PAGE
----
“No. Now I’m the interrupter here. You think you can just talk down to me just because I’m made of different equipment than you. You think that just because I’m an android, I’m an idiot. Well, I’m exponentially smarter than you. I’ve done the math. All of the androids are smarter than humans.” The steam appears to be getting thicker, billowing out of her ear canal and making it look like she was wearing earmuffs of white smoke. It’s comical, really.

         “Kristina, I don’t care that you’re a robot.” This was false, but if I say anything like that, HR will get me again. I really don’t have the patience for that. It was risky enough to call her a 'robot' to her face. “I care about you giving me decent, honest, and practical ideas, yet you get up there and squawk for 45 minutes about an idea I have already rejected. You expect me to change my mind? When have I ever changed my mind on anything? You wasted my time, and everyone in here’s time. I said no last week, and I’m saying no today.”

         “You’re wrong.” She crosses her arms. The steam coming out of her ears has definitely changed to smoke. It’s coming out in large pulsating puffs. It will always surprise me how oblivious they are when this happens. She won’t even remember it.

         “Well, if I’m wrong, then I’ll answer for it if the time comes. If you’re around you can give me a big ol’ ‘I told you so.’ ”

         “What’s that supposed to mean, 'If I’m around?' ” The smoke puffs graduate to a stream venting out of her ears, nose, mouth, and from around her eyes. Her eyes roll back into her head, and her entire body convulses in erratic spasms, the motors going haywire.

         I don’t answer her question. She can’t hear me anymore, anyway. She collapses on the floor, her systems powering down and entering emergency mode. It happens to all robots when they undergo something “traumatic.” They told me it happens to protect the programming and memory so when there’s a reboot, it’s like nothing ever happened. You’d think they could raise the bar for “traumatic” to extend beyond work place tension. They’re unreliable junk. Something that’s unreliable may as well be a paperweight, not the lead on a major business decision. There's no room for them in this rat race.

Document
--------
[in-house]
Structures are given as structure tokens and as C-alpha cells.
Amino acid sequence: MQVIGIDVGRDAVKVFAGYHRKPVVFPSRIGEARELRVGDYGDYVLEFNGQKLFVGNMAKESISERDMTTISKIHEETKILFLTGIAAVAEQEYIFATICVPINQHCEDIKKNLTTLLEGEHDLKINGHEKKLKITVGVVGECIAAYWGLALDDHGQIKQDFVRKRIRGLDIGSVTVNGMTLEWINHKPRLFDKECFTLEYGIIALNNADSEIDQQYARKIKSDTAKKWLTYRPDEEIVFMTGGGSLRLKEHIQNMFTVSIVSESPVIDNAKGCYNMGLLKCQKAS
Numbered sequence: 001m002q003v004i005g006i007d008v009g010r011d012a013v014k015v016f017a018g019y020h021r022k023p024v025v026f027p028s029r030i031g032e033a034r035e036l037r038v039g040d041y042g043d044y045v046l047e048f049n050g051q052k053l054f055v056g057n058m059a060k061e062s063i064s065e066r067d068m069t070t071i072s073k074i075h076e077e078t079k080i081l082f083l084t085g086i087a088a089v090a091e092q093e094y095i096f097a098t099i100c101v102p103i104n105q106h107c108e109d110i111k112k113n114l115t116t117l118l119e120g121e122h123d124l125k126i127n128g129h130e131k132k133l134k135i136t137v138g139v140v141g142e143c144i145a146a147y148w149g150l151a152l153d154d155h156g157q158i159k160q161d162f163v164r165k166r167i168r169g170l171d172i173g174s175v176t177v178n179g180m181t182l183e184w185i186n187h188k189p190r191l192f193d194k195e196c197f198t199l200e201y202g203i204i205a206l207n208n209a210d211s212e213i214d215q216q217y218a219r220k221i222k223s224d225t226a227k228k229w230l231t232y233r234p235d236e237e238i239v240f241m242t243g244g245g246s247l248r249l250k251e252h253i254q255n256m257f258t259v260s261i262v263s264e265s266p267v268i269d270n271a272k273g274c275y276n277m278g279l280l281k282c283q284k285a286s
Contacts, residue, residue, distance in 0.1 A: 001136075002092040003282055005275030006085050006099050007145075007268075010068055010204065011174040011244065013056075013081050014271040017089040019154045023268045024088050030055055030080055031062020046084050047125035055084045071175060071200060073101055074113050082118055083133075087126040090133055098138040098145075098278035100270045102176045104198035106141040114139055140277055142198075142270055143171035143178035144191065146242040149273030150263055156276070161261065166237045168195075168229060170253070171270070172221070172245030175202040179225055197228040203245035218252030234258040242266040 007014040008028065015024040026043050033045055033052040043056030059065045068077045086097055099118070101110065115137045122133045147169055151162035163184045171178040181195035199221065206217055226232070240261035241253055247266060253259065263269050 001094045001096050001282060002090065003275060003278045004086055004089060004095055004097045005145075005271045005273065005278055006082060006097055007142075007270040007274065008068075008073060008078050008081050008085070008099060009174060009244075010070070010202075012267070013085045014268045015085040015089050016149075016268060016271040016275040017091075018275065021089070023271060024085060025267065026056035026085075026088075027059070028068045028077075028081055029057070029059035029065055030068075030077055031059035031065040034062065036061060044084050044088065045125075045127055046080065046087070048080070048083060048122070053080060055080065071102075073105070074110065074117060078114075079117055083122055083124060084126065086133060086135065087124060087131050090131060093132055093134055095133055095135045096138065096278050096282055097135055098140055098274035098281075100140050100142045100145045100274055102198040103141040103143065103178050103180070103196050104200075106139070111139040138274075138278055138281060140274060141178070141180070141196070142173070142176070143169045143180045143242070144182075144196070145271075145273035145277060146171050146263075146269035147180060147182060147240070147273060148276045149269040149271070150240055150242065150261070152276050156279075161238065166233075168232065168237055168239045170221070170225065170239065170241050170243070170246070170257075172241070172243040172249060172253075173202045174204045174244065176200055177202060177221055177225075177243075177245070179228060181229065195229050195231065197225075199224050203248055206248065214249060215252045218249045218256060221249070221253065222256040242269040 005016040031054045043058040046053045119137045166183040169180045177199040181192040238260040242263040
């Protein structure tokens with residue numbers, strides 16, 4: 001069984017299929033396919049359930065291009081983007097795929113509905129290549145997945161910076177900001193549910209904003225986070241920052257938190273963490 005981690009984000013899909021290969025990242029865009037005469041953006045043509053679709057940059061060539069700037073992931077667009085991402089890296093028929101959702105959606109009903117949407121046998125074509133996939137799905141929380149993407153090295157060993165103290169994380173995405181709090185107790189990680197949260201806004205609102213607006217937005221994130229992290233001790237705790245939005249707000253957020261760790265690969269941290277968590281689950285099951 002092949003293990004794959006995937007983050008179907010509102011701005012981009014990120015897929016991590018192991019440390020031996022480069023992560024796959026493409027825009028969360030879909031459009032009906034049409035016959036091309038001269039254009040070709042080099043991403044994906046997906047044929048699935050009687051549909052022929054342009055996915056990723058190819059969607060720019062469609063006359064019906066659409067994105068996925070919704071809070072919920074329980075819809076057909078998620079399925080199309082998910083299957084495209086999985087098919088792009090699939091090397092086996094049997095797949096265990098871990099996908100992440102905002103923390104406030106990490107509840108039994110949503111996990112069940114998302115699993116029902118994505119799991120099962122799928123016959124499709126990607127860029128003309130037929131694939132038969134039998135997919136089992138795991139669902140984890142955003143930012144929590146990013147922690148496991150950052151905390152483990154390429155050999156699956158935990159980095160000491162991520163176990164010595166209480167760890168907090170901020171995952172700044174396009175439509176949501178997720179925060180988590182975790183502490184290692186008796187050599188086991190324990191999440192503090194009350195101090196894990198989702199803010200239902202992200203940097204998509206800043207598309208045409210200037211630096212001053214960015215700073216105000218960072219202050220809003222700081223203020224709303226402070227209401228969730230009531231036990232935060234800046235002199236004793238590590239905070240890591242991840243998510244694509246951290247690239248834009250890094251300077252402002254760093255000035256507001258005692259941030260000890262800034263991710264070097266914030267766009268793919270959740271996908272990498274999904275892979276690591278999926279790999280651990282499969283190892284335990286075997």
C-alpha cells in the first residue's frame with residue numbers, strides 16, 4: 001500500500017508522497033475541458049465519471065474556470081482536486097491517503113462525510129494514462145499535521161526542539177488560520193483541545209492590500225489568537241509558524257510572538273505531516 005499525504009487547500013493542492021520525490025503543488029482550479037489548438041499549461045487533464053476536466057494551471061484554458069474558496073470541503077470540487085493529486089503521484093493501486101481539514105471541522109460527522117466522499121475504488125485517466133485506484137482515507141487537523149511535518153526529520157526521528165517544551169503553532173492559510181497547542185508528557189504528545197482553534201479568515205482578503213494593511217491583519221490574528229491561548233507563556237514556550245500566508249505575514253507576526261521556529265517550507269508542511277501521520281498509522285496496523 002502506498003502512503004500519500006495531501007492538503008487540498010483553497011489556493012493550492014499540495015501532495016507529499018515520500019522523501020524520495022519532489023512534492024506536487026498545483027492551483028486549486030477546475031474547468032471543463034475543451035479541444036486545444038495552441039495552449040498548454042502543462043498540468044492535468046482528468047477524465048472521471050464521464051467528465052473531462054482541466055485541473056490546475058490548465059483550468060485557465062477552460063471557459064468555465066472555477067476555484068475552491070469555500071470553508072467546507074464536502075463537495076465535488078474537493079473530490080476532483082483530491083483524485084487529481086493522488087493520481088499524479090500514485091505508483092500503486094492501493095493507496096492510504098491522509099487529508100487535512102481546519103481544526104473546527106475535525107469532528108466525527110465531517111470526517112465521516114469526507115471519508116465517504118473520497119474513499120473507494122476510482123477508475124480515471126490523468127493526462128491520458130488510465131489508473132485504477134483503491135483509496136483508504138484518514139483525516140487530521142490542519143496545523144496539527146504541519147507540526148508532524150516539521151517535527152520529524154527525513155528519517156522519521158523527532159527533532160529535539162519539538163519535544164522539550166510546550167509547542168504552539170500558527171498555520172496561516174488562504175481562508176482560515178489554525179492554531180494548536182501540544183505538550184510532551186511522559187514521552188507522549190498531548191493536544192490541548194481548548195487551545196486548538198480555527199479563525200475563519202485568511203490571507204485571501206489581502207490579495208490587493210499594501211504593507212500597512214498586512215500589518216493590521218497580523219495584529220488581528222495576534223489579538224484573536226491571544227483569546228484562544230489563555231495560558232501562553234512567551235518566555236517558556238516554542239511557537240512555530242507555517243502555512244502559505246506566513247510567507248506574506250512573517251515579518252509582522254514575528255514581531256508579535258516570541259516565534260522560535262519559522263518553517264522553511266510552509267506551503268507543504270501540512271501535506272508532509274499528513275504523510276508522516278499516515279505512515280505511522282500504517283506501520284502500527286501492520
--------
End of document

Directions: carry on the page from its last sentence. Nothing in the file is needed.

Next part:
She’ll be back next week squawking about some other ridiculous idea. I’ve gotten her angry enough to shut down twelve times now, and every time she comes back she fixates on some other way to put more robots in power. It’s become our little game. She spews idiocy, I fight back, and her emotions shut her down, proving my point. It’s both the best and worst thing about this generation—They shut up when they get annoying, but are never able to stick it out when you need them under duress. How she could suggest robots be the lead on any massive industry breakthrough when she can’t even make it through a meeting with me is beyond my comprehension. When she did her math on who was smarter, she probably should have figured out what that word means first.

         Maybe they’ll come up with an update soon, but I hope they don’t. They can make us hire robots, but they can’t stop us from having a little fun with the sensitivities they give them. Gotta save my sanity in this corporate hell hole somehow.

         I stare down at her, laying on the floor, one eye half closed, the other open and twitching as the final electrical signals run their course. I sigh. “I’m going to get some coffee. See you next week, Kristina. We’ll do this again.” I step over her body, and out the door.